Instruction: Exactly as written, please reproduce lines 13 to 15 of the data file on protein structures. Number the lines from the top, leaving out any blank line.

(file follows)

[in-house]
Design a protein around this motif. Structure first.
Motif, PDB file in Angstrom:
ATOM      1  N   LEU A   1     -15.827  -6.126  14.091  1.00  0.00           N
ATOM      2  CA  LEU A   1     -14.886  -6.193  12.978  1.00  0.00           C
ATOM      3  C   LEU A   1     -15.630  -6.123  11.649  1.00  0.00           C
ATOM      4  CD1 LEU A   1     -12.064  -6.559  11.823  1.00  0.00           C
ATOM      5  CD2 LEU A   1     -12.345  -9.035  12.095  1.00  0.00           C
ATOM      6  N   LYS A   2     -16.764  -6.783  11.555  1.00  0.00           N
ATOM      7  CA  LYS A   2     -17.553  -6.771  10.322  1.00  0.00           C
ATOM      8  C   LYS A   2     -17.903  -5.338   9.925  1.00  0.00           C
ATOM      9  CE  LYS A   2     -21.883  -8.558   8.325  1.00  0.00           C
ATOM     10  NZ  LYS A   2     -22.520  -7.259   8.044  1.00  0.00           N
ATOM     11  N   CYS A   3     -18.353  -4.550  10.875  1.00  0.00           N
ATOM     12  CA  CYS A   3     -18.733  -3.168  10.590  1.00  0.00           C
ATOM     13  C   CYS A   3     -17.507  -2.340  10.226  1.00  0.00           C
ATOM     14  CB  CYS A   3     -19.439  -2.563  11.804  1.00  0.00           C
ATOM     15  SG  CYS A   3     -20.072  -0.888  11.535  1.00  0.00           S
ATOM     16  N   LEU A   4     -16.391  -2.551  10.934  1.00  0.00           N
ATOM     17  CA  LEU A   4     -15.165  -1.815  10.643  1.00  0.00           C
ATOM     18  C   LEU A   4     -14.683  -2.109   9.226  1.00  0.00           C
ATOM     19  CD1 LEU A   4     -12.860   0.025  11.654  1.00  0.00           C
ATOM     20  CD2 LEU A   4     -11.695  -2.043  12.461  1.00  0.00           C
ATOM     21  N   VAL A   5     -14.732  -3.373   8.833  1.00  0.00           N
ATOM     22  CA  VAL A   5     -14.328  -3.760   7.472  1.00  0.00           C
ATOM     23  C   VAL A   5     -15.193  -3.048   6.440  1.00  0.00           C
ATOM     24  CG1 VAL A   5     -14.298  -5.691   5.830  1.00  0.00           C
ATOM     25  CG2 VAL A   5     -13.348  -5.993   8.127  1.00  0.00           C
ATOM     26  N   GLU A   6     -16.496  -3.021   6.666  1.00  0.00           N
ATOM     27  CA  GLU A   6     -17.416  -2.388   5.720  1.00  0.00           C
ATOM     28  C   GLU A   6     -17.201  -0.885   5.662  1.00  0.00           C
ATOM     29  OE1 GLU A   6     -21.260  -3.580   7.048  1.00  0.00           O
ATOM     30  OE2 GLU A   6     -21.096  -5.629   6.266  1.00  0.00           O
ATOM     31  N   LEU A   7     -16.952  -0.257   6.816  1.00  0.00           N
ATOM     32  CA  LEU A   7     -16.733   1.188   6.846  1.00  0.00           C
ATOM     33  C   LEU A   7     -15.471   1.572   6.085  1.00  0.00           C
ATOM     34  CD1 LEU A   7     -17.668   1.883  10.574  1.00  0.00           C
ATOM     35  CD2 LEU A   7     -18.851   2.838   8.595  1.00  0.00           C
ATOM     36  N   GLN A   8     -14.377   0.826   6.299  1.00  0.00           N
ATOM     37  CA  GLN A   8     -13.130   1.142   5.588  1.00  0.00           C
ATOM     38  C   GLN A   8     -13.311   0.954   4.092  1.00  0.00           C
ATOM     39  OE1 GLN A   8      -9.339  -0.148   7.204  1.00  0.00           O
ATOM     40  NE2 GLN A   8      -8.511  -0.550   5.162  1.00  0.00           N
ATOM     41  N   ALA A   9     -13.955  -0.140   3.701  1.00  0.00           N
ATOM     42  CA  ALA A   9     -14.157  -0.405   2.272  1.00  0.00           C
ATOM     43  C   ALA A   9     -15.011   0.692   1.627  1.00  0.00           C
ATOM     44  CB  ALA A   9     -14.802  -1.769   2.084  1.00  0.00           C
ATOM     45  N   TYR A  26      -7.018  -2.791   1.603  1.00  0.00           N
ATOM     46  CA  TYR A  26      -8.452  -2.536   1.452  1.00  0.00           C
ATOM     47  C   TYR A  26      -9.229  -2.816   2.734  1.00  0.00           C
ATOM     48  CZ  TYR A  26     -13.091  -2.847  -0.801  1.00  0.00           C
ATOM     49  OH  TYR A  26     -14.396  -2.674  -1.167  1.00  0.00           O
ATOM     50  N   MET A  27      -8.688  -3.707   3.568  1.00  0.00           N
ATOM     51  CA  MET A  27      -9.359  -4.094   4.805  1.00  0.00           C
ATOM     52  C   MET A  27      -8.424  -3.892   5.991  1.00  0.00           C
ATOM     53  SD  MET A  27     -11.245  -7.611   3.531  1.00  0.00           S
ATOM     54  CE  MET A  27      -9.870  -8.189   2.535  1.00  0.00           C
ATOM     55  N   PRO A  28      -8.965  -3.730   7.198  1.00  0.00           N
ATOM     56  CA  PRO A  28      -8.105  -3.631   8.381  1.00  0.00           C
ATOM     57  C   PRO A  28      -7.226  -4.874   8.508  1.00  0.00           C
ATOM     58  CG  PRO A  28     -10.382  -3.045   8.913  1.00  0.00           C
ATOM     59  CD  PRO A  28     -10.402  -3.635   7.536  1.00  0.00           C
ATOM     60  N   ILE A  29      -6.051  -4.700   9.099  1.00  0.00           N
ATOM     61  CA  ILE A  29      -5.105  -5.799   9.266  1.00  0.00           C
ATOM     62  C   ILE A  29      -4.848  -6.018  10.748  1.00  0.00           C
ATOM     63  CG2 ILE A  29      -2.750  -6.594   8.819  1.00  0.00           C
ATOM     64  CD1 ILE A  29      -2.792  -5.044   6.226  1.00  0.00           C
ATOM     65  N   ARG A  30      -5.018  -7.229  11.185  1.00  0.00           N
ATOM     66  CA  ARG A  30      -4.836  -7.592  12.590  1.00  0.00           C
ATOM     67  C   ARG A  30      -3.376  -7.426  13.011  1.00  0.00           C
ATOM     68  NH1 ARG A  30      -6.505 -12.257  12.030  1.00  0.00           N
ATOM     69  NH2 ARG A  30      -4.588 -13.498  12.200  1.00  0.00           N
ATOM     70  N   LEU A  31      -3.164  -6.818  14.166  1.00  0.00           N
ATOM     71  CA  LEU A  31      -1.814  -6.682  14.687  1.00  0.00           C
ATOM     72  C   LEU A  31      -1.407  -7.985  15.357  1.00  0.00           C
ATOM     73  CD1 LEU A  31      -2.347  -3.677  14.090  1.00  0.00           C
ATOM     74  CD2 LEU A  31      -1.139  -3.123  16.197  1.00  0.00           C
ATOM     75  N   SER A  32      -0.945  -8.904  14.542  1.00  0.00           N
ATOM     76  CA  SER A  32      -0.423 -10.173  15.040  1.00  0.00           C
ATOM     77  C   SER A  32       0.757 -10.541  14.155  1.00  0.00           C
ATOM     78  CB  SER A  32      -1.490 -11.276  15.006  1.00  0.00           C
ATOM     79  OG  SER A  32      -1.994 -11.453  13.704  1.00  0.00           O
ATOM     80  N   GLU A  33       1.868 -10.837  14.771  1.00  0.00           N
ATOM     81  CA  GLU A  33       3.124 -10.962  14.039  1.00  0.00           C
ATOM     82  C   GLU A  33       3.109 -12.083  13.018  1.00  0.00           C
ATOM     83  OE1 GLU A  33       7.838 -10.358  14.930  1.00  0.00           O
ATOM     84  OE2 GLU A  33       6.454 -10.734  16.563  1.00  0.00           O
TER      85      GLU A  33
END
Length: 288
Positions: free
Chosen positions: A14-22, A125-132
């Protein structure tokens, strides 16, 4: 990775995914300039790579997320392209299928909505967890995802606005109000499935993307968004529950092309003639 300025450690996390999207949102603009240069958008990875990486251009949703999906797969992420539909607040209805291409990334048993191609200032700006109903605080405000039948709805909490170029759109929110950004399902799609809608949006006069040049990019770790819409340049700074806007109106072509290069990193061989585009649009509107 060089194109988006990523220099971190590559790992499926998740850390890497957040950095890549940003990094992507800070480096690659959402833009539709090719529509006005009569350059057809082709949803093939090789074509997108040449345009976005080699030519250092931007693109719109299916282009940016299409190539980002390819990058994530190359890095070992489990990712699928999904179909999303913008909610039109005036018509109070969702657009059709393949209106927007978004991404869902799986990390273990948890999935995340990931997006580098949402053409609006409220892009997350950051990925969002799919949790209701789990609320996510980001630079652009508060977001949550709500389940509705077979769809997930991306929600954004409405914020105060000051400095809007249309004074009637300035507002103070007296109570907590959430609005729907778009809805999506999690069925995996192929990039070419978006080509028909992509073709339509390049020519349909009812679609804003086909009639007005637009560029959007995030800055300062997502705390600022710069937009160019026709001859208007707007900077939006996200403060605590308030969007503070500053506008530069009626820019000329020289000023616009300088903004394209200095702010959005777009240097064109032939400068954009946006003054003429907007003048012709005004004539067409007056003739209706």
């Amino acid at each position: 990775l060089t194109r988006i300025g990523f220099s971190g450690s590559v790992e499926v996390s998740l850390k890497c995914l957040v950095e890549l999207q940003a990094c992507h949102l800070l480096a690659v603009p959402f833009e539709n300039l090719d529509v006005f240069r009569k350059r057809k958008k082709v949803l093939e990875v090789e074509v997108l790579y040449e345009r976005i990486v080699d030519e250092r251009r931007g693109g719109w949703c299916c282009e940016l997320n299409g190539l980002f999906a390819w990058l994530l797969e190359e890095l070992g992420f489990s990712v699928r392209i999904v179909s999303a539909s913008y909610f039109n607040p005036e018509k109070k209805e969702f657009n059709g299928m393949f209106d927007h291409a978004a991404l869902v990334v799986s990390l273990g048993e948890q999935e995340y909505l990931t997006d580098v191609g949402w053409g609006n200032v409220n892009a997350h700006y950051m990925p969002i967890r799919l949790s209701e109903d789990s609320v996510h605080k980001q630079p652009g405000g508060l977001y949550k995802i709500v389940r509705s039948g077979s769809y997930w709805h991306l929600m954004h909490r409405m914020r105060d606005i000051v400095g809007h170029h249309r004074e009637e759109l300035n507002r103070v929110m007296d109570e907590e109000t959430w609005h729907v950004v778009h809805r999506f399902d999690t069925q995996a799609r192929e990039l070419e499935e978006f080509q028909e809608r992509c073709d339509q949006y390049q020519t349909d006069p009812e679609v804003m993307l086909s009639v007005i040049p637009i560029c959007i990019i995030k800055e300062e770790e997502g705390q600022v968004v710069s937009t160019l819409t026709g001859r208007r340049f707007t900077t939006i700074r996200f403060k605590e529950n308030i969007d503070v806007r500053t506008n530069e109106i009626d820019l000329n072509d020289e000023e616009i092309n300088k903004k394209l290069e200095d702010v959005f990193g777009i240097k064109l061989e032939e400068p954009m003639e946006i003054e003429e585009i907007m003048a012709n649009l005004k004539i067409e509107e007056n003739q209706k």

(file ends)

ATOM     10  NZ  LYS A   2     -22.520  -7.259   8.044  1.00  0.00           N
ATOM     11  N   CYS A   3     -18.353  -4.550  10.875  1.00  0.00           N
ATOM     12  CA  CYS A   3     -18.733  -3.168  10.590  1.00  0.00           C